By Rajiv S. Magge, MD
Assistant Professor of Neurology, Weill Cornell Brain Tumor Center
Dr. Magge reports no financial relationships relevant to this field of study.
SYNOPSIS: In a retrospective cohort study of elderly patients with glioblastoma, overall survival was superior with combined-modality therapy (radiation and chemotherapy) compared with chemotherapy alone or radiation alone.
SOURCE: Rusthoven CG, Koshy M, Sher DJ, et al. Combined-modality therapy with radiation and chemotherapy for elderly patients with glioblastoma in the temozolomide era: A National Cancer Database analysis. JAMA Neurol 2016; May 23. doi: 10.1001/jamaneurol.2016.0839. [Epub ahead of print].
More than half of patients with glioblastoma (GBM) are at least 65 years of age at presentation. Unfortunately, these elderly patients tend to have a poorer prognosis, potentially related to poor performance status, medical comorbidities, increased vulnerability to drug side effects, polypharmacy, and less aggressive goals of care. The landmark EORTC-NCIC trial established the standard-of-care treatment for GBM, consisting of concurrent radiation and temozolomide chemotherapy followed by adjuvant chemotherapy.1 However, individuals older than 70 years of age were excluded from that trial. Since that time, there has been extensive controversy regarding the optimal management of elderly GBM patients. It is not clear whether this population should receive radiation therapy (RT), chemotherapy (CT), or combined-modality therapy (CMT, both radiation and chemotherapy).
In a retrospective cohort study, Rusthoven et al queried the National Cancer Database (NCB) for elderly patients (≥ 65 years old) with newly diagnosed GBM between 2005 and 2011, collecting complete data sets that included any RT, CT, tumor resection, Charlson-Deyo comorbidity scores, age, sex, and year of diagnosis. Survival of the treatment cohorts (RT alone, CT alone, or CMT) was estimated using the Kaplan-Meier method and further analyzed using the log rank test, univariate and multivariate Cox models, and propensity score-matched analyses.
The group identified 16,717 patients at least 65 years of age with newly diagnosed GBM in the NCB. The median age was 73 years and 8,870 (53%) were male. At presentation, 5,337 (32%) underwent biopsy only to establish diagnosis while 11,380 (68%) had some type of tumor resection. In terms of treatment, 8,435 (50%) patients received CMT (i.e., both RT and CT), 1,693 (10%) received RT alone, 1,018 (6%) received CT alone, and 5,571 (33%) received no therapy (best supportive care). CMT administration was observed more frequently in the setting of tumor resection, younger age, male sex, white race, lower comorbidity scores, and during the later years of the study.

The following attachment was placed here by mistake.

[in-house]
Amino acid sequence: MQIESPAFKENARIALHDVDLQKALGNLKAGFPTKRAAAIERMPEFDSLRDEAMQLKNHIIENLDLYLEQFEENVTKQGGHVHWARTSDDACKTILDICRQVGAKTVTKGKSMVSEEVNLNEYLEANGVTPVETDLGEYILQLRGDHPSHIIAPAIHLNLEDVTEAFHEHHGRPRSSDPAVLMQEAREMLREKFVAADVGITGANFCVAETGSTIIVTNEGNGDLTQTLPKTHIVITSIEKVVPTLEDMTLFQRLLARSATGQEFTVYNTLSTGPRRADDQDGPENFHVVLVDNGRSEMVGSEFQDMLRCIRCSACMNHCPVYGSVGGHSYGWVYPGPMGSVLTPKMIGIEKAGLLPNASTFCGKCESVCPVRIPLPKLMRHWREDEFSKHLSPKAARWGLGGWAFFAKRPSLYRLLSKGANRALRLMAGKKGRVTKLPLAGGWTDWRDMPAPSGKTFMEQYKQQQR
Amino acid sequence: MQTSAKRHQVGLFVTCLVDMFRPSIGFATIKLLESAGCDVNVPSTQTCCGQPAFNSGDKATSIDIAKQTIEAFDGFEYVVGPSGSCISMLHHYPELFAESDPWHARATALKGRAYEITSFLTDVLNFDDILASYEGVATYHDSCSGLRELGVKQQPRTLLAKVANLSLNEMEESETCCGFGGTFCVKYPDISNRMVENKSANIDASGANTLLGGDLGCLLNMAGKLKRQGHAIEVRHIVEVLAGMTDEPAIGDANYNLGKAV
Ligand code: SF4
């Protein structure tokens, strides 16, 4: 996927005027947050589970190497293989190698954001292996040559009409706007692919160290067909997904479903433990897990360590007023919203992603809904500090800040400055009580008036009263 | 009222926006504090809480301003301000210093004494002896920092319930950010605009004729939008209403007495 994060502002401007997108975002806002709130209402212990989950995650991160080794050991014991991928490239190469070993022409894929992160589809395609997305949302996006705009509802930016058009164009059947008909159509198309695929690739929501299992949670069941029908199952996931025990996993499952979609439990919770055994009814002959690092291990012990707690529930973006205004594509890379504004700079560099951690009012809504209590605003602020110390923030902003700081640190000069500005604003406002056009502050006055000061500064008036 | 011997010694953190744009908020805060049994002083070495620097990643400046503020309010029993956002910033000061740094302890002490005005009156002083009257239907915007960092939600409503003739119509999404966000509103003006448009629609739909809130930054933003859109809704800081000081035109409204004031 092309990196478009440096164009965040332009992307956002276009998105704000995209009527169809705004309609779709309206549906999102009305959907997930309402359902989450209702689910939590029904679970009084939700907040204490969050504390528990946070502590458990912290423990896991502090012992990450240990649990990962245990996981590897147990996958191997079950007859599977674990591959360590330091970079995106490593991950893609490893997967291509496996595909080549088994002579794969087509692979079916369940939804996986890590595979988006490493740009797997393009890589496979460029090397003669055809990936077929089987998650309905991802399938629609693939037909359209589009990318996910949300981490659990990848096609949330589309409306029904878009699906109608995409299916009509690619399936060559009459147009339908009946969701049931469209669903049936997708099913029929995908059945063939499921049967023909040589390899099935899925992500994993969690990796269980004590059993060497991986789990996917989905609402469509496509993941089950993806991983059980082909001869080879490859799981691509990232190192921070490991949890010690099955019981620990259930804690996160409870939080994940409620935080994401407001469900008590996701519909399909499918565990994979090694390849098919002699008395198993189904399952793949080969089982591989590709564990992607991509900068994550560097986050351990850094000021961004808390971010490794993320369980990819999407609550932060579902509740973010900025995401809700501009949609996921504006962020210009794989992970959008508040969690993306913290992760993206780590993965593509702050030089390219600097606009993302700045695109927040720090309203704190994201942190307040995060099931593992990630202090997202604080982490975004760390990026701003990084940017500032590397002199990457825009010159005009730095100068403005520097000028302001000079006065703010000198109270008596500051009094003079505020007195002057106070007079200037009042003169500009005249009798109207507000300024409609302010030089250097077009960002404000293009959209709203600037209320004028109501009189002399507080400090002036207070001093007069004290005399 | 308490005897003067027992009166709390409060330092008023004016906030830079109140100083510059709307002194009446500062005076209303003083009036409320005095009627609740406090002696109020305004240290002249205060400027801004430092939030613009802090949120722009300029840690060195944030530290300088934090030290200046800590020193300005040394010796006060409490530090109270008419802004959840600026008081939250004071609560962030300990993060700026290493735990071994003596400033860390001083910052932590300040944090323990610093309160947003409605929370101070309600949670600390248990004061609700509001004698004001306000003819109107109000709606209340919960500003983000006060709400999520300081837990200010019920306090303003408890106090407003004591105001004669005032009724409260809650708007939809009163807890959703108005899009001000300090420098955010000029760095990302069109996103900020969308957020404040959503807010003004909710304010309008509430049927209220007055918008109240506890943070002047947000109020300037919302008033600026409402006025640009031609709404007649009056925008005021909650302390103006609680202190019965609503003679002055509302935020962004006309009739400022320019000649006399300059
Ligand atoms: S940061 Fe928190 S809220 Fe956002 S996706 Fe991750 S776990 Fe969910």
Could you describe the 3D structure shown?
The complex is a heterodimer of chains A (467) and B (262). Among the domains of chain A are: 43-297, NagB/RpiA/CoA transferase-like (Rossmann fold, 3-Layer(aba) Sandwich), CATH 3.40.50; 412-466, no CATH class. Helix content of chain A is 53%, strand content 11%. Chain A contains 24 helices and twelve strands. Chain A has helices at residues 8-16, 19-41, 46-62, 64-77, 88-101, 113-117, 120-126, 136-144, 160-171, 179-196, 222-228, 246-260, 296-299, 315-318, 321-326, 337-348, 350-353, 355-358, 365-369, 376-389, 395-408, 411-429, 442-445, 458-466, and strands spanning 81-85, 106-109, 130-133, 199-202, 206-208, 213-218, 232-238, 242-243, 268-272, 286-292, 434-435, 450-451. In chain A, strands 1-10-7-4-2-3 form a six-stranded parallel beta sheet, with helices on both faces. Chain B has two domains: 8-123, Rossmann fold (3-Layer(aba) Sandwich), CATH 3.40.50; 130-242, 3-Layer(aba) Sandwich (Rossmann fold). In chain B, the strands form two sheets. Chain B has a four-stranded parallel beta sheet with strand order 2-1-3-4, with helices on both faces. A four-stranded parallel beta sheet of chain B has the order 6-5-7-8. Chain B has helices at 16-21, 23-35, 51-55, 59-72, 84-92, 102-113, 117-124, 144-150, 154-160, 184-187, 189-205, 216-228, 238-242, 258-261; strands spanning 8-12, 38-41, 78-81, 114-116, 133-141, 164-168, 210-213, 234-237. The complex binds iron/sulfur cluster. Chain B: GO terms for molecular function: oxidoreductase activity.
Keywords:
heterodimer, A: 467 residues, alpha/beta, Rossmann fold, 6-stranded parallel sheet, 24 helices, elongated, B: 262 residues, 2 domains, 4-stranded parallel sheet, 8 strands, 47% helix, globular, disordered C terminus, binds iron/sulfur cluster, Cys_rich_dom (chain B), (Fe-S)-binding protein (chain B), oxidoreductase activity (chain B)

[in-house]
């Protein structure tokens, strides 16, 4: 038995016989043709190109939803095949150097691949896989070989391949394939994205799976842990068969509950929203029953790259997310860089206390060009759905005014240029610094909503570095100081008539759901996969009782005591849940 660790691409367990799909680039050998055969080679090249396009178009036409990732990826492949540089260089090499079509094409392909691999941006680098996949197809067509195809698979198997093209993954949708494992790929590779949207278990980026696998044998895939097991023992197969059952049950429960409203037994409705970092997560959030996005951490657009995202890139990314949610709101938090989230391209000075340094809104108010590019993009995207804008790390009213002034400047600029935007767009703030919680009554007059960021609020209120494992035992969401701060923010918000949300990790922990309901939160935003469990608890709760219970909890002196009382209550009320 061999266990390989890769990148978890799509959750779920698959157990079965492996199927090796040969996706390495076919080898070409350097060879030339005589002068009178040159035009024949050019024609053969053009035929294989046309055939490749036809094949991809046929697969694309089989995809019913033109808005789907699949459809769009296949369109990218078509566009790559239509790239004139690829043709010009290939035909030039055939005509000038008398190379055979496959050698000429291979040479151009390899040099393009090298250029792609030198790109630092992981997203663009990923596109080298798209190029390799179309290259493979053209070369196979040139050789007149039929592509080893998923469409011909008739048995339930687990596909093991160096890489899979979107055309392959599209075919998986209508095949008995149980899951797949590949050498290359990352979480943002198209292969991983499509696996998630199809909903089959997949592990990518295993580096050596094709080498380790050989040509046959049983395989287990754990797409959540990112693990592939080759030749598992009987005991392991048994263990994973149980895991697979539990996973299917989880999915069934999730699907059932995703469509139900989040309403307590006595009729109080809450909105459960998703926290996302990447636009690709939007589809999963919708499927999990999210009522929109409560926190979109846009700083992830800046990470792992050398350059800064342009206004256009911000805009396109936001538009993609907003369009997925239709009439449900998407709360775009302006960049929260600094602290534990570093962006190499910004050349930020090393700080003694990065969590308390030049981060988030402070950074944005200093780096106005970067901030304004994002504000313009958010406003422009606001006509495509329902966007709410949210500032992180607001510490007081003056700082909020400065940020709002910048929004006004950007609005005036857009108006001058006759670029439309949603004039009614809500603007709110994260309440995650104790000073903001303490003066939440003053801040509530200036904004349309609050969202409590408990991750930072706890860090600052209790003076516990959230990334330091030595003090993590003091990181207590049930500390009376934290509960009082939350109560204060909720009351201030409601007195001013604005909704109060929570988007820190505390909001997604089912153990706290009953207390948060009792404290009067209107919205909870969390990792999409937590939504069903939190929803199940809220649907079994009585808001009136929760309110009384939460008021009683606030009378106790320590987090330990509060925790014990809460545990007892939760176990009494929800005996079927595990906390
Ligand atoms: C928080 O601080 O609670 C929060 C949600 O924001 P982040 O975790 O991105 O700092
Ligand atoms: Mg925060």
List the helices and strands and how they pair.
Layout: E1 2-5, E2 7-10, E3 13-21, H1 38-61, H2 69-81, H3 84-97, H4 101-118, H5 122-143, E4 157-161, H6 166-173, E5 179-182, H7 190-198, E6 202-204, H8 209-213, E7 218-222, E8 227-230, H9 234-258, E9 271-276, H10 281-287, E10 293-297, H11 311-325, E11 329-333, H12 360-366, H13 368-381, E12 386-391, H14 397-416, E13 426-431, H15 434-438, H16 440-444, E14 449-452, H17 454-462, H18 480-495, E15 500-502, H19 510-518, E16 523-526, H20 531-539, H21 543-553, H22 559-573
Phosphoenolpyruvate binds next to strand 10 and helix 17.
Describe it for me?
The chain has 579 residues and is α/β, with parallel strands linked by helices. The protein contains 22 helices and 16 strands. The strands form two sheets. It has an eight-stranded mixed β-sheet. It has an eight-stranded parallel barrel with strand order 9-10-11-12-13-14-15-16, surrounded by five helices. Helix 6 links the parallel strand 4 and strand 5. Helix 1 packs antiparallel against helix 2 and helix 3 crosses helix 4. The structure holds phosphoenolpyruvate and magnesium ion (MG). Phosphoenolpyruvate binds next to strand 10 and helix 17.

The median overall survival (OS) by treatment cohort was 9.0 (95% confidence interval [CI], 8.8-9.3) months with CMT, 4.7 (95% CI, 4.5-5.0) months with RT alone, 4.3 (95% CI, 4.0-4.7) months with CT alone, and 2.8 (95% CI, 2.8-2.9) months with no therapy (P < 0.001). CMT remained superior to all the other groups on multivariate survival analyses, which adjusted for tumor resection, comorbidity scores, age, sex, race, and year of diagnosis. No significant difference in survival was observed between CT alone and RT alone, which were both superior to no therapy. The survival advantage for CMT over single-modality therapy was consistent within subgroup analyses, which stratified patients by age and tumor resection.
This large retrospective cohort study of patients queried from the NCB demonstrated improved overall survival with combined radiation therapy and chemotherapy for GBM in patients at least 65 years of age. Unfortunately, even with these data, the exact standard of care for older patients is still controversial. As acknowledged by the authors, a significant limitation of the study was the lack of O6-methylguanine-DNA methyltransferase (MGMT) promoter methylation status of the tumors within the database. MGMT is a DNA repair enzyme that repairs DNA alkylation, which may make cancers less susceptible to DNA-alkylating agents such as temozolomide. Several studies have shown that patients with tumors that are MGMT hypermethylated (i.e., less functioning MGMT enzyme) have significantly improved survival with the addition of chemotherapy. As the status of MGMT methylation is unclear, it could be responsible for the different survival outcomes across the cohorts. Another important limitation of the study is the absence of data regarding performance status, which can carry heavy weight regarding prognosis and treatment efficacy.
On presentation, maximal safe resection with preservation of neurologic function (instead of biopsy) is generally preferred, but this, of course, depends on tumor location/size, goals of care, and other medical comorbidities. After surgery, the combination of both radiation therapy and chemotherapy can carry significant toxicity, but is probably indicated in patients with suitable performance status and good overall health. Shorter courses of hypofractionated radiation therapy have been shown to be better tolerated than standard regimens in older GBM patients with similar survival. Further, radiation alone may be an effective alternative in patients with unmethylated MGMT tumors, poor functional status, or significant medical problems. Conversely, emerging data support the use of temozolomide monotherapy in frail elderly patients with MGMT-methylated tumors.
The optimal treatment of GBM in older patients continues to be clarified. The field eagerly awaits new data, including the results of the EORTC-NCIC Phase III trial, which will compare the outcomes of elderly patients treated with RT and temozolomide chemotherapy vs. RT alone in a randomized fashion.
- Stupp R, Mason WP, van den Bent MJ, et al. Radiotherapy plus concomitant and adjuvant temozolomide for glioblastoma. N Engl J Med 2005;352:987-996.